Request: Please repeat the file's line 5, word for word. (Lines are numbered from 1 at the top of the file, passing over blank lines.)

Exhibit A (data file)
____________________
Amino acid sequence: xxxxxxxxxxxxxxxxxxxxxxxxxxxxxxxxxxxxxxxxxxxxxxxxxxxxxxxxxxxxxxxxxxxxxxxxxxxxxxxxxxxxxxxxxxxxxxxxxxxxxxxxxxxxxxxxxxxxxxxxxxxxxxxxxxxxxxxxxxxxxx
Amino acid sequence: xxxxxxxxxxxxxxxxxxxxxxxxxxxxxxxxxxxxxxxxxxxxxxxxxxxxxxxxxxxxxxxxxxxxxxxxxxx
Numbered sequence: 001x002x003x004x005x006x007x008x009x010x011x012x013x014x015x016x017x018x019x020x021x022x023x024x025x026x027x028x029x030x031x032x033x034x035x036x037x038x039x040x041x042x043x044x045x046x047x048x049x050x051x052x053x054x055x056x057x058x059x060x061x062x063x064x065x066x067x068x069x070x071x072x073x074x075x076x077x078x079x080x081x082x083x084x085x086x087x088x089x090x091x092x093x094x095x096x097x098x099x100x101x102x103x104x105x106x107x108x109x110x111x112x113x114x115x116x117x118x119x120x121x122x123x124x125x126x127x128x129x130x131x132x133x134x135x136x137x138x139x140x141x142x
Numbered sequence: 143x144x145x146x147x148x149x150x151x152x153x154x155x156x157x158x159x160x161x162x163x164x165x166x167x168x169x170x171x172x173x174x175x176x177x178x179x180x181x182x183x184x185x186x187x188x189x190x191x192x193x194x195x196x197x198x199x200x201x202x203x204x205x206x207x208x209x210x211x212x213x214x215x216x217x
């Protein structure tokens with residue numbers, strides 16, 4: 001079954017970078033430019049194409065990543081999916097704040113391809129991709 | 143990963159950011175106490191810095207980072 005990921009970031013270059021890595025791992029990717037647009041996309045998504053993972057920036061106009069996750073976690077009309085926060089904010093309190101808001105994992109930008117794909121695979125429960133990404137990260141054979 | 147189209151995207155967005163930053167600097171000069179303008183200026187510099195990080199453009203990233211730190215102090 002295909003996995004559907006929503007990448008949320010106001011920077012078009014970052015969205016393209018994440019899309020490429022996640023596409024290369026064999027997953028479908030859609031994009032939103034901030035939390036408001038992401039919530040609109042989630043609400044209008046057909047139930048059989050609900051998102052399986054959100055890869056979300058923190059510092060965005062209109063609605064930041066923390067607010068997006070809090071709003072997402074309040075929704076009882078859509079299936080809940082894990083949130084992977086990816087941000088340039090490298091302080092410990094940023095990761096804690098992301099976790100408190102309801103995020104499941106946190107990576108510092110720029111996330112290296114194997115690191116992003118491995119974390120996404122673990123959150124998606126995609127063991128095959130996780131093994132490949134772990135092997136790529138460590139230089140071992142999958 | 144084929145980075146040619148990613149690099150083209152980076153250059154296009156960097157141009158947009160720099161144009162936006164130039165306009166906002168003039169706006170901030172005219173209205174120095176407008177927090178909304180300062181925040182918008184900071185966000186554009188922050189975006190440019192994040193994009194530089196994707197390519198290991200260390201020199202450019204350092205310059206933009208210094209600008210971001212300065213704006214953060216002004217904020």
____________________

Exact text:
């Protein structure tokens with residue numbers, strides 16, 4: 001079954017970078033430019049194409065990543081999916097704040113391809129991709 | 143990963159950011175106490191810095207980072 005990921009970031013270059021890595025791992029990717037647009041996309045998504053993972057920036061106009069996750073976690077009309085926060089904010093309190101808001105994992109930008117794909121695979125429960133990404137990260141054979 | 147189209151995207155967005163930053167600097171000069179303008183200026187510099195990080199453009203990233211730190215102090 002295909003996995004559907006929503007990448008949320010106001011920077012078009014970052015969205016393209018994440019899309020490429022996640023596409024290369026064999027997953028479908030859609031994009032939103034901030035939390036408001038992401039919530040609109042989630043609400044209008046057909047139930048059989050609900051998102052399986054959100055890869056979300058923190059510092060965005062209109063609605064930041066923390067607010068997006070809090071709003072997402074309040075929704076009882078859509079299936080809940082894990083949130084992977086990816087941000088340039090490298091302080092410990094940023095990761096804690098992301099976790100408190102309801103995020104499941106946190107990576108510092110720029111996330112290296114194997115690191116992003118491995119974390120996404122673990123959150124998606126995609127063991128095959130996780131093994132490949134772990135092997136790529138460590139230089140071992142999958 | 144084929145980075146040619148990613149690099150083209152980076153250059154296009156960097157141009158947009160720099161144009162936006164130039165306009166906002168003039169706006170901030172005219173209205174120095176407008177927090178909304180300062181925040182918008184900071185966000186554009188922050189975006190440019192994040193994009194530089196994707197390519198290991200260390201020199202450019204350092205310059206933009208210094209600008210971001212300065213704006214953060216002004217904020």